TTAC Called It: New 911 Offers DSG– Er, PDK Paddleshift

Robert Farago
by Robert Farago
ttac called it new 911 offers dsg 8211 er pdk paddleshift

Yes, we pat ourselves on the back. Why wouldn't we? As branding guru Al Reis once advised me "Tell 'em who you are, tell 'em that you told 'em and tell 'em again." Or something like that. Anyway, back in April, we reported that Porsche was finally putting DSG into their venerable 911, plus the usual we-need-something-for- existing-owners-to-lust-after power bump. Classic Driver confirms that the refreshed Carerra wil be blessed with a seven-speed double-clutch gearbox. Porsche calls their system Porsche-Doppelkupplung or PDK, which they invented, dammit! ("Porsche points out that its engineers developed the principle for motorsport some 25 years ago.") The updated car also also gets direct injection, debuted (to not much effect) on the Cayenne GTS. "The 3.6-litre Carrera models are up 20bhp to 345bhp, while the 3.8-litre Carrera S has jumped 30bhp, and now develops an impressive 385bhp." AND they're cleaner, more economical and .2 seconds faster from zero to 62mph. One thing we didn't foresee: new LED lights fore and aft. Now, when this PDK thing hits the Boxster S, we'll see just how fast I can drive backwards– if you know what I mean.

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4 of 11 comments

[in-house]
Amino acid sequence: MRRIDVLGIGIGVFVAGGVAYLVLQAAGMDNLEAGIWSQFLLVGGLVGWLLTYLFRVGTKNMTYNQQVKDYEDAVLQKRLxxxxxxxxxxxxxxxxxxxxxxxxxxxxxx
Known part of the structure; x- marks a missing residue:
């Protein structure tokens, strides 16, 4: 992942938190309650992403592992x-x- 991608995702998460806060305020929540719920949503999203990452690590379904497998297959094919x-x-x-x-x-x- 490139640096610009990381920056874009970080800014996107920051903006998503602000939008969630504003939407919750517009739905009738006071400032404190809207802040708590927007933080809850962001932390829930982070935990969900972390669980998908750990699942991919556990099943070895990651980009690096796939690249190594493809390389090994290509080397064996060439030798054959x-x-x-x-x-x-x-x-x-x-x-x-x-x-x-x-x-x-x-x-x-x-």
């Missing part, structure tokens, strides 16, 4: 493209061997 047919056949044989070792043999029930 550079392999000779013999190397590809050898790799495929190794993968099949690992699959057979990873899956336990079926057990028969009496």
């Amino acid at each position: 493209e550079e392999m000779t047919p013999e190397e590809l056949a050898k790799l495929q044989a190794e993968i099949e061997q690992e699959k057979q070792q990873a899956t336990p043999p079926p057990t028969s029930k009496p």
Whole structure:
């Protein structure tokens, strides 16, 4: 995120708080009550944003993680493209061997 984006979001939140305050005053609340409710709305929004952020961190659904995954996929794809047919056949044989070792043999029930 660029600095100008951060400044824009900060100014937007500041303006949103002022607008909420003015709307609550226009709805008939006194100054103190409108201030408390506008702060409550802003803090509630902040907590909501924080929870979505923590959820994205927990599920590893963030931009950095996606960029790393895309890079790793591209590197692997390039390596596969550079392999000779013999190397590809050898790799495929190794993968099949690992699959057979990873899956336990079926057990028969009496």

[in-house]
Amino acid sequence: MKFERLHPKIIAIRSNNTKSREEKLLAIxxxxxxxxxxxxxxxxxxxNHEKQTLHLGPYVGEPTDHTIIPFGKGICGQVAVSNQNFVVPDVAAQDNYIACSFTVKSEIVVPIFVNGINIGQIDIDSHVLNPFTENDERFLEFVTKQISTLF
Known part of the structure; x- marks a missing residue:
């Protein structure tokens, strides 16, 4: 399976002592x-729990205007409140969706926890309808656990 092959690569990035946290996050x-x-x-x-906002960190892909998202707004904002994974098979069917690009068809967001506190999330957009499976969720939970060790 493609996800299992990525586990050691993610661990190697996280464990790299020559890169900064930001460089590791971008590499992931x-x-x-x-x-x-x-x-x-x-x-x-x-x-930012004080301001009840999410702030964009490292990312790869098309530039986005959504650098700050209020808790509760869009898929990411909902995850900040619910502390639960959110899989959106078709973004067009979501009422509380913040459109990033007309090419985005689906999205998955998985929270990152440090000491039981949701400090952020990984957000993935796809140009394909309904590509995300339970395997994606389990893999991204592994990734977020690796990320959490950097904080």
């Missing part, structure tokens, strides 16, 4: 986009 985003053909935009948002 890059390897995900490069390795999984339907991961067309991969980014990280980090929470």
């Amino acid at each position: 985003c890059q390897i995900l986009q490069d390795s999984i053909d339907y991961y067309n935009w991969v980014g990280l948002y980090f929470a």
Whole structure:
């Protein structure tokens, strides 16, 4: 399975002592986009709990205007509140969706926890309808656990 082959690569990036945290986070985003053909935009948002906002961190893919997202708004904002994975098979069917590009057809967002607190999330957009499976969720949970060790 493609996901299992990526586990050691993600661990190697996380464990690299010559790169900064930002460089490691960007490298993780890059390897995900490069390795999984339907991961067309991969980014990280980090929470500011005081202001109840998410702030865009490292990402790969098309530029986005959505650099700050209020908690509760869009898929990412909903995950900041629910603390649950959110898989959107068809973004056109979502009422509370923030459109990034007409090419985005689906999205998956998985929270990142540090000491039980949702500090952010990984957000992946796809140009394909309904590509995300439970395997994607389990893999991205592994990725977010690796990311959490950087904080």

• INeon INeon on Jun 06, 2008

    Is that Ford corporate switch-gear in that image? Sure looks it.

  • Nick2ny Nick2ny on Jun 06, 2008

    wasn't porsche the first to develop dual clutch gear boxes back in the day for their group C cars. I remember reading something about the 962's having them. I think they gave up because it was too heavy or unreliable, not sure though.

  • JJ JJ on Jun 07, 2008
    what do you mean? I think it's a reference to the fact that the Boxster looks exactly the same front and back... On another note, I agree with the person who said the switchgear doesn't look that good (the tiptronic never did either by the way, but that was irrelevant since it wasn't a consideration for the driving enthousiast in the first place) and I've also noticed that there are no paddles behind the wheel, just two buttons on top of it. Now where's the fun in that? All the appeal of an 'F1-style' gearbox to me is that you can shift 'F1-style' (because the paddle shifting was first introduced in 1990 or 91 on the Ferrari F1 car), not by pushing some random button that might as well be for changing the radio station. Quite a shame because, since it's a Porsche, the gearbox itself will no doubt be technical perfection. Already reason enough for me to prefer the manuelle getriebe.

  • Meocuchad Meocuchad on Jun 09, 2008

    @ ethermal: I believe there is still a true manual option on these upcoming models. You know.. for people who actually know how to drive a car. ;)